As I previously threatened, here’s part four of the SKU/UPC series. Catch up with parts one, two, and three as needed. This entry is to let you know there may be a crucial problem that affects small companies who buy a few or single UPC codes.
Few people proactively arrange to buy UPC codes. Entrepreneurs usually get them in response to a buyer’s request that they have them for a particular item. The designer then searches for “UPC code” and a bewildering array of options such as “buy a bar code” and “low price bar code” are at the top of the page in the sponsored search results. If you only need one and that’s all you’ll ever need, then conduct your transaction and go on about your merry way. Everybody else though may need to think twice about choosing the low cost option.
The low cost solution is provided by bar code resellers. They will sell you a UPC code from their inventory of numbers for $35 or so. When compared to having to buy a membership for $500 for 100 bar codes, plus an annual $150 maintenance fee, $35 can seem like a bargain. However, there can be a number of problems with buying bar codes from a reseller. These can include:
- Retail requirements
- Reseller integrity
- How many bar codes do you really need?
- Cost: maybe higher than you think
Most major retailers will require you to have your own GS1 (UPC) account. As I explained before, your block of UPC codes will be embedded with your business ID code (GTIN). If you buy from a reseller, the bar code is embedded with either the seller’s code or the code of another party they bought the codes from. Who can say which company is assigned to that bar code block -unless you look it up beforehand?
There’s been so many problems with resold bar codes that Wal-mart is far from being the only stickler. Other than issues of fraud, how do you know the number hasn’t been used before? If it has been used before but not recently, how long has it been fallow? It’s not that you can’t reuse bar codes however it is you acquire them but GS1 guidelines suggest a bar code is fallow for a period of four years before you reuse it. Another matter to consider is whether the maintenance fee for the codes has been paid annually as is required. If not, they may no longer be valid.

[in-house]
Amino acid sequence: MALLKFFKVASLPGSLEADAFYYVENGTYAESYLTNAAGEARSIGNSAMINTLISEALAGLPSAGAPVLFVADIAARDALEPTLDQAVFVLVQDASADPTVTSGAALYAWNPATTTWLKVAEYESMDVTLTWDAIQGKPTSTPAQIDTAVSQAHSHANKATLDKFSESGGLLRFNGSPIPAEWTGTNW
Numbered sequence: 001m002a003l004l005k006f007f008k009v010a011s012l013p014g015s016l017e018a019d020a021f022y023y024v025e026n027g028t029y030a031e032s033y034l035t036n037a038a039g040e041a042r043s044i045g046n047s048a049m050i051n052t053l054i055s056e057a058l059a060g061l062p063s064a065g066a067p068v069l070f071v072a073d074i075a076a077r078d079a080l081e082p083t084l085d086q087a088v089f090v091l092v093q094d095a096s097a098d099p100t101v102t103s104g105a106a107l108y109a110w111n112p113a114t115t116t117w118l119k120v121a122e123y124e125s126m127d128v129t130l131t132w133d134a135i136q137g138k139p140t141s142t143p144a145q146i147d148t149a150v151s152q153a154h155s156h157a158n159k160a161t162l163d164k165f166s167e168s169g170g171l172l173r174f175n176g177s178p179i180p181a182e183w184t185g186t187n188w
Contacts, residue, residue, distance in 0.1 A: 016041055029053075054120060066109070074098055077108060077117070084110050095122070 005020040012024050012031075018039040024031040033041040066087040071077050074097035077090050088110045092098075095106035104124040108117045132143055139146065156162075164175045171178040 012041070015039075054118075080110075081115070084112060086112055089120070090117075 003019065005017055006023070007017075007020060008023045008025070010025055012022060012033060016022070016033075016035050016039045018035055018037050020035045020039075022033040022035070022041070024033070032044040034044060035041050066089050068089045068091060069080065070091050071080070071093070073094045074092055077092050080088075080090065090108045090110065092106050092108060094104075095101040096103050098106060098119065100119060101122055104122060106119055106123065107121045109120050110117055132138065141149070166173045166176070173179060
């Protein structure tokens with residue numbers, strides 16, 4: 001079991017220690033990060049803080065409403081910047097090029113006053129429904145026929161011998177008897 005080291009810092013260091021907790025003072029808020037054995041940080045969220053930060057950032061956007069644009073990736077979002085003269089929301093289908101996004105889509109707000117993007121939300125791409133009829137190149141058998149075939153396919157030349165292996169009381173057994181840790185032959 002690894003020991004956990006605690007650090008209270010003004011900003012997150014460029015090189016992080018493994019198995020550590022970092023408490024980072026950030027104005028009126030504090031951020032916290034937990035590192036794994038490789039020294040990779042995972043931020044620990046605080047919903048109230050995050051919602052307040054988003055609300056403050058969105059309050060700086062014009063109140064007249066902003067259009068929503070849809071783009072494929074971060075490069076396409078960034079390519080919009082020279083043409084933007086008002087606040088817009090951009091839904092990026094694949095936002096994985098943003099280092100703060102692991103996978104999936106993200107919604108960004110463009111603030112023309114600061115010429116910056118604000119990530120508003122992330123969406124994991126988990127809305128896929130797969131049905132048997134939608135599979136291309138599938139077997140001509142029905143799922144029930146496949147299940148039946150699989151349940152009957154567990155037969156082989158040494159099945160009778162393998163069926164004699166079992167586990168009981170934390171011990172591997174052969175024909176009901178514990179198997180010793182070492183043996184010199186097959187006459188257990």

How many bar codes do you really need?
It is common for a business owner to underestimate the number of bar codes they need to buy and for two reasons. First they don’t understand how to issue SKUs, what amounts to the foundation of a UPC code. It is entirely possible to need 10, 15 or more UPC codes for one style. You need a separate UPC for each size, of each colorway of a given style. For example, if you have ten styles in three colors and five sizes, you’ll need 150 bar codes.
Second, owing to suggested limitations on recycling bar codes of styles you’re no longer selling -this being a seasonal business and your SKUs change according to season- you may need what amounts to a four year supply. That doesn’t mean you need to buy a four year supply at the outset but be aware that you may need to buy more as you go along. The cost for additional codes is comparatively minimal but as your sales increase, you may get bumped up into another category and owe the $750 fee as opposed to the under 1 million dollar sales fee of $500.
Unless you’re certain you will only need a few numbers and your buyers are amenable, buying bar codes from a reseller may not represent the value you’d hoped for. Buying the aforementioned 150 bar codes at $35 each, could end up costing about $5,000 (there are discounts). This is much costlier than the $500-$750 it would cost for you to create your own account.
I know it’s frustrating, every time you turn around, something costs money. It’s amazing that so many people think owning a business is a license to print money when all you really get is what amounts to crumbs. Take heart, the crumbs get a little larger as you grow.